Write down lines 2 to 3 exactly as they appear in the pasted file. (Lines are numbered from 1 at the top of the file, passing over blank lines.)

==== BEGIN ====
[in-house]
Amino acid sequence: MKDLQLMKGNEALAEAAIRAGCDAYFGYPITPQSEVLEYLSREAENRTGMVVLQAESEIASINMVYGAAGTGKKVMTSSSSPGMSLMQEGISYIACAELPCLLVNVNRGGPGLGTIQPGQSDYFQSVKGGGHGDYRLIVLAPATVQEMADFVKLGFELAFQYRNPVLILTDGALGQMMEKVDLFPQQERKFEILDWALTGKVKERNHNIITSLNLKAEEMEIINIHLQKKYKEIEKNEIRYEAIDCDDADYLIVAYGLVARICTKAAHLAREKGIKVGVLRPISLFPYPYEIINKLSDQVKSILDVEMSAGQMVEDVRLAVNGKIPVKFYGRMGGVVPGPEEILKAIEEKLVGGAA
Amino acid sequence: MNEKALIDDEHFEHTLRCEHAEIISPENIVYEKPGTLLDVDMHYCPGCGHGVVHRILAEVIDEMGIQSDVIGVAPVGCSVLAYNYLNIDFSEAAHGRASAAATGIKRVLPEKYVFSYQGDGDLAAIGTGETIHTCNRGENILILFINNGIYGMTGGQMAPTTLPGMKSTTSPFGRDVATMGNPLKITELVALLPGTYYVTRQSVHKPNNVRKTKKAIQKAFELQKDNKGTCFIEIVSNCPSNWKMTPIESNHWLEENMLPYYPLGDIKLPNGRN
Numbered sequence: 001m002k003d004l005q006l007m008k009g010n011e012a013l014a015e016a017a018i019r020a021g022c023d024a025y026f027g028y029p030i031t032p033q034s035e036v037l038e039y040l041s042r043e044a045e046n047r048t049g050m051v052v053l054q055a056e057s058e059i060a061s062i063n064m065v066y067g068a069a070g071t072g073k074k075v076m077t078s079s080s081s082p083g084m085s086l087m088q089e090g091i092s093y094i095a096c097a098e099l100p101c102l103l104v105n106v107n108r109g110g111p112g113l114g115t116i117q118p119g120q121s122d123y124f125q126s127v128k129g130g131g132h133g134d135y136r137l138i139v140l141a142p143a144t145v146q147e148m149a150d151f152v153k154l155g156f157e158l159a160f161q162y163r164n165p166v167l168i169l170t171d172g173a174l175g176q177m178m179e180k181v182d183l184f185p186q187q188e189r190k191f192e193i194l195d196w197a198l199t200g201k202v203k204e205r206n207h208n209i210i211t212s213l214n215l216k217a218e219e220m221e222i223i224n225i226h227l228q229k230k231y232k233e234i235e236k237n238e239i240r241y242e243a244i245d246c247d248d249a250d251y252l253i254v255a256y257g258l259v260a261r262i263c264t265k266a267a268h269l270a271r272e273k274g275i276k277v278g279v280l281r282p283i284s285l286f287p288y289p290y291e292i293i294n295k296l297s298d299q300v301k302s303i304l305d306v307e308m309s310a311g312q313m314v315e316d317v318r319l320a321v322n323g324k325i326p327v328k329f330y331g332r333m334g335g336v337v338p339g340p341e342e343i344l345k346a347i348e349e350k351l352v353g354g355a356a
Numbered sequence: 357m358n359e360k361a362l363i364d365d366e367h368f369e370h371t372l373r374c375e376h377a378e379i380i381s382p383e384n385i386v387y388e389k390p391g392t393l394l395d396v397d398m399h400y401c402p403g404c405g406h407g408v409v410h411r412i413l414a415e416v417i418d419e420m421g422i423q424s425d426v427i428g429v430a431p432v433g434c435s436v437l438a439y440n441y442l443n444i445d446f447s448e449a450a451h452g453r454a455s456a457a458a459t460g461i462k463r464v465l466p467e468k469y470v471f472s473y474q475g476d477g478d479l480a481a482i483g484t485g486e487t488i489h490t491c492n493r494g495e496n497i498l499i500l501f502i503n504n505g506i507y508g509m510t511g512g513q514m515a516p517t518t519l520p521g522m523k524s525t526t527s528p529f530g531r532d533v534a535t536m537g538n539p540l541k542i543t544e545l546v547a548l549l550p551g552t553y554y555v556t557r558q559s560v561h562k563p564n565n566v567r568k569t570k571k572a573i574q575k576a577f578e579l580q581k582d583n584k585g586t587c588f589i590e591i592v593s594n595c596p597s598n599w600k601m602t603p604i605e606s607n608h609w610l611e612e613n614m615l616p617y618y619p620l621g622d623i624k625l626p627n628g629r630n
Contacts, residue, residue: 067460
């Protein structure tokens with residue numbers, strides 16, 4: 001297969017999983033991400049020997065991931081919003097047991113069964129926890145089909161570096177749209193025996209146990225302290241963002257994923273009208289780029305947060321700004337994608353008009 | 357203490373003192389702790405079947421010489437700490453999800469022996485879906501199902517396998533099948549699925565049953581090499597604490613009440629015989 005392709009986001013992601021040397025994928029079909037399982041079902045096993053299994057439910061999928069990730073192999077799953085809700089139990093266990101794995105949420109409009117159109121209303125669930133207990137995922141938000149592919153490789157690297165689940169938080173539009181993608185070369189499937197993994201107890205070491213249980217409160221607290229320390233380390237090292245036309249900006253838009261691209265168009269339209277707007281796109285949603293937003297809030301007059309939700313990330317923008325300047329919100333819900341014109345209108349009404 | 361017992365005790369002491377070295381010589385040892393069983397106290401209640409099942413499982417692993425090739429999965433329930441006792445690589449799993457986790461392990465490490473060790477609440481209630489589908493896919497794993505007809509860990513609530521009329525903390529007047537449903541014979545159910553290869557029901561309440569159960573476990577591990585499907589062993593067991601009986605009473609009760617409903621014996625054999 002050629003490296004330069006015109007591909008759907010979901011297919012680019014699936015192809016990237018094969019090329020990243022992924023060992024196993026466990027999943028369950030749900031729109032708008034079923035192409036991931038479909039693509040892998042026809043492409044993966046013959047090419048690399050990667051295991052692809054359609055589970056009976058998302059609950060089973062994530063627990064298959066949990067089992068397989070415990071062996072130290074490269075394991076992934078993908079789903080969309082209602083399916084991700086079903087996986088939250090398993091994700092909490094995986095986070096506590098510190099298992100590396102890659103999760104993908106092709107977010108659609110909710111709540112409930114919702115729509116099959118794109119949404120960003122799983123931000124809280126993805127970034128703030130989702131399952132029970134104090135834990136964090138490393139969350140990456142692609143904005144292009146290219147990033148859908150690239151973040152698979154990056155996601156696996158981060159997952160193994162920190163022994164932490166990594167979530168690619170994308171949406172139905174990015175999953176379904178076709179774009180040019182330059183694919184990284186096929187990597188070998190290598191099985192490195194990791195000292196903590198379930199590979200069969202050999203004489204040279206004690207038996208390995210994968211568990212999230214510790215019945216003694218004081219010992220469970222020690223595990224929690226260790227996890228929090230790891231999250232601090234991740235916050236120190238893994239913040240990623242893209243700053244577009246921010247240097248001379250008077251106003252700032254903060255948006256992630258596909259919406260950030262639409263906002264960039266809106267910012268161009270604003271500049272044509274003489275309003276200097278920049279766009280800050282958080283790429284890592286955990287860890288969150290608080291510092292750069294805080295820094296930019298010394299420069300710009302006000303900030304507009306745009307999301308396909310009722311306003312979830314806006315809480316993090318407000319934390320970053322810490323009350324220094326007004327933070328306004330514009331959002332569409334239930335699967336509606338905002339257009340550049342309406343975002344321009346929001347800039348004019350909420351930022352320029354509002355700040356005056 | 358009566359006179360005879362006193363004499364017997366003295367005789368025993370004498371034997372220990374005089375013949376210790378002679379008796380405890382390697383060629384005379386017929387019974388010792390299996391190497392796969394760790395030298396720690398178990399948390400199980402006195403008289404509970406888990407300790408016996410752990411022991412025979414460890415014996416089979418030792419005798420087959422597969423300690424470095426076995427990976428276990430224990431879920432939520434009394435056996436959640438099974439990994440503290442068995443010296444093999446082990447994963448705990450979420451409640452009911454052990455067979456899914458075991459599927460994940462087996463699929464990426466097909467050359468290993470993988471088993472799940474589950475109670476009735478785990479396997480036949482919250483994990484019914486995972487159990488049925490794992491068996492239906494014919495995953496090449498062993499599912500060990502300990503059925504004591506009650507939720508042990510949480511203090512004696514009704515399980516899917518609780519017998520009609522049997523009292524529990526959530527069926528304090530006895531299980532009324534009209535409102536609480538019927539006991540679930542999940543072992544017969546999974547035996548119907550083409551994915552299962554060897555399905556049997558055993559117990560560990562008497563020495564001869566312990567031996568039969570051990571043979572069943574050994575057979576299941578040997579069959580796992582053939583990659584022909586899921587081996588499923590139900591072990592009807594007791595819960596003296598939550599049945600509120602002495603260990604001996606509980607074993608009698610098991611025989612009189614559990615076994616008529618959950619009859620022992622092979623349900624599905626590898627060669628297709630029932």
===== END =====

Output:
Amino acid sequence: MKDLQLMKGNEALAEAAIRAGCDAYFGYPITPQSEVLEYLSREAENRTGMVVLQAESEIASINMVYGAAGTGKKVMTSSSSPGMSLMQEGISYIACAELPCLLVNVNRGGPGLGTIQPGQSDYFQSVKGGGHGDYRLIVLAPATVQEMADFVKLGFELAFQYRNPVLILTDGALGQMMEKVDLFPQQERKFEILDWALTGKVKERNHNIITSLNLKAEEMEIINIHLQKKYKEIEKNEIRYEAIDCDDADYLIVAYGLVARICTKAAHLAREKGIKVGVLRPISLFPYPYEIINKLSDQVKSILDVEMSAGQMVEDVRLAVNGKIPVKFYGRMGGVVPGPEEILKAIEEKLVGGAA
Amino acid sequence: MNEKALIDDEHFEHTLRCEHAEIISPENIVYEKPGTLLDVDMHYCPGCGHGVVHRILAEVIDEMGIQSDVIGVAPVGCSVLAYNYLNIDFSEAAHGRASAAATGIKRVLPEKYVFSYQGDGDLAAIGTGETIHTCNRGENILILFINNGIYGMTGGQMAPTTLPGMKSTTSPFGRDVATMGNPLKITELVALLPGTYYVTRQSVHKPNNVRKTKKAIQKAFELQKDNKGTCFIEIVSNCPSNWKMTPIESNHWLEENMLPYYPLGDIKLPNGRN